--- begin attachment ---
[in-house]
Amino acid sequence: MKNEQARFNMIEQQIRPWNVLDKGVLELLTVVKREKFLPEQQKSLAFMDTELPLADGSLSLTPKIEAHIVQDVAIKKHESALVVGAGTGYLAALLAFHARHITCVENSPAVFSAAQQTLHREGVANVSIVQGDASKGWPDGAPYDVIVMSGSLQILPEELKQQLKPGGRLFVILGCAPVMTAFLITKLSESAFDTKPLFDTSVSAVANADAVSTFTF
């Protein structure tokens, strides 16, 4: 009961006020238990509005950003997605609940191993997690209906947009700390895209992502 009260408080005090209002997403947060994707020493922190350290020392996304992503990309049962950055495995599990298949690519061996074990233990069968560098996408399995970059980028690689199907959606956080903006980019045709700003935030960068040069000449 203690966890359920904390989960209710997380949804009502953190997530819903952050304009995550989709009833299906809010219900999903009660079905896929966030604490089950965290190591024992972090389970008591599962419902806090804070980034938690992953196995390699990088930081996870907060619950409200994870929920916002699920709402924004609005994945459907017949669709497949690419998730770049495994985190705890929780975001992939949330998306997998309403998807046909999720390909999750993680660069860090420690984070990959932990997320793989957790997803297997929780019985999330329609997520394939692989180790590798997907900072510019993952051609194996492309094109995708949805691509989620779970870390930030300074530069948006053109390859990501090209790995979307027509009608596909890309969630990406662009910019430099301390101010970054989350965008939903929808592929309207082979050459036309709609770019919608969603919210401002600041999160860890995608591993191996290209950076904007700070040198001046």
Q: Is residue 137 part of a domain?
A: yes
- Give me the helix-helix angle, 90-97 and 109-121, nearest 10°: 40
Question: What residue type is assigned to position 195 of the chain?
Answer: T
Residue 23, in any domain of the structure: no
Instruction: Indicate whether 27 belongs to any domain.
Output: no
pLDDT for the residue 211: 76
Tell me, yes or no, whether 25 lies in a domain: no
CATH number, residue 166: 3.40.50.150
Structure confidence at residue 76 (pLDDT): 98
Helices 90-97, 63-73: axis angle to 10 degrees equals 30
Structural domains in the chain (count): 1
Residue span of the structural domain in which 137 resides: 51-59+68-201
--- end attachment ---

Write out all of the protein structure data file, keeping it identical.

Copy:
[in-house]
Amino acid sequence: MKNEQARFNMIEQQIRPWNVLDKGVLELLTVVKREKFLPEQQKSLAFMDTELPLADGSLSLTPKIEAHIVQDVAIKKHESALVVGAGTGYLAALLAFHARHITCVENSPAVFSAAQQTLHREGVANVSIVQGDASKGWPDGAPYDVIVMSGSLQILPEELKQQLKPGGRLFVILGCAPVMTAFLITKLSESAFDTKPLFDTSVSAVANADAVSTFTF
């Protein structure tokens, strides 16, 4: 009961006020238990509005950003997605609940191993997690209906947009700390895209992502 009260408080005090209002997403947060994707020493922190350290020392996304992503990309049962950055495995599990298949690519061996074990233990069968560098996408399995970059980028690689199907959606956080903006980019045709700003935030960068040069000449 203690966890359920904390989960209710997380949804009502953190997530819903952050304009995550989709009833299906809010219900999903009660079905896929966030604490089950965290190591024992972090389970008591599962419902806090804070980034938690992953196995390699990088930081996870907060619950409200994870929920916002699920709402924004609005994945459907017949669709497949690419998730770049495994985190705890929780975001992939949330998306997998309403998807046909999720390909999750993680660069860090420690984070990959932990997320793989957790997803297997929780019985999330329609997520394939692989180790590798997907900072510019993952051609194996492309094109995708949805691509989620779970870390930030300074530069948006053109390859990501090209790995979307027509009608596909890309969630990406662009910019430099301390101010970054989350965008939903929808592929309207082979050459036309709609770019919608969603919210401002600041999160860890995608591993191996290209950076904007700070040198001046």
Q: Is residue 137 part of a domain?
A: yes
- Give me the helix-helix angle, 90-97 and 109-121, nearest 10°: 40
Question: What residue type is assigned to position 195 of the chain?
Answer: T
Residue 23, in any domain of the structure: no
Instruction: Indicate whether 27 belongs to any domain.
Output: no
pLDDT for the residue 211: 76
Tell me, yes or no, whether 25 lies in a domain: no
CATH number, residue 166: 3.40.50.150
Structure confidence at residue 76 (pLDDT): 98
Helices 90-97, 63-73: axis angle to 10 degrees equals 30
Structural domains in the chain (count): 1
Residue span of the structural domain in which 137 resides: 51-59+68-201